A piece, via WSJ, provides some sobering stats:
There were 844 venture firms investing in U.S. companies last year, 40 fewer than in 2006, according to the latest data from VentureSource, a research unit of VentureWire publisher Dow Jones. That is down 30% from the bubble year of 2000, when there were nearly 1,200 active investors.
The total includes a substantial number of firmsâ€“224, or 27% of the totalâ€“who didnâ€™t back any new companies last year, an indication that the ranks of active investors will continue to thin.
The post goes on to give some more data about the US-based National Venture Capital Association’s members:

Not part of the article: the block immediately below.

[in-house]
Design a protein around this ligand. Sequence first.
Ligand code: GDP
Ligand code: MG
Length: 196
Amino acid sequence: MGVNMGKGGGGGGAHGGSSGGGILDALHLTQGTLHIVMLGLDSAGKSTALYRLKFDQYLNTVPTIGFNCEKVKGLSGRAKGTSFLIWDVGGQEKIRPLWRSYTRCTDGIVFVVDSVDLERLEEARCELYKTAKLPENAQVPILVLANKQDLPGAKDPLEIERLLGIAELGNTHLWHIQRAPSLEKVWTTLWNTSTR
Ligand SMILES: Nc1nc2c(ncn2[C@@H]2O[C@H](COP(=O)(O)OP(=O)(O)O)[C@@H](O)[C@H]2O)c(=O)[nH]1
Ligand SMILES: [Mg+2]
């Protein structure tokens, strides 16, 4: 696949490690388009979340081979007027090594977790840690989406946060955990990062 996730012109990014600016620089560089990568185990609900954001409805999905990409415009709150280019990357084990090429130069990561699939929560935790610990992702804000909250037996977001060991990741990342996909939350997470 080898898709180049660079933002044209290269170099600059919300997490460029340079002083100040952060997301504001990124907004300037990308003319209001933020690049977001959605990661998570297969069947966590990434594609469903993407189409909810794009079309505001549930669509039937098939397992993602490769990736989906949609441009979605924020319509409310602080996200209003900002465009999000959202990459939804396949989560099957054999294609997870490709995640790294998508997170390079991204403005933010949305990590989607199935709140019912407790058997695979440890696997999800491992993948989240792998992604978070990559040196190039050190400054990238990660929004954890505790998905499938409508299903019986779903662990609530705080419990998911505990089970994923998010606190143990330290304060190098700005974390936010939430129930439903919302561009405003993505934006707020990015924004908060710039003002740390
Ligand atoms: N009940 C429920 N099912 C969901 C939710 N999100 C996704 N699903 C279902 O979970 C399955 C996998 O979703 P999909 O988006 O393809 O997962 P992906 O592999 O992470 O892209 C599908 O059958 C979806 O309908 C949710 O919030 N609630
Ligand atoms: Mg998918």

Heesen said he foresees a 15% decline in the next two years in the total number of venture firms investing in the U.S., many of them too small to meet the NVCAâ€™s membership threshold of $5 million under management. The NVCA has about 470 member firms representing 90% of the venture capital under management in the U.S.,
Many of the active investors in 2007 did only a few deals. Less than halfâ€“45%â€“completed four or more investments. And 29% made just one investment.
What does the community think? Is there a sense of slowdown here in India as well?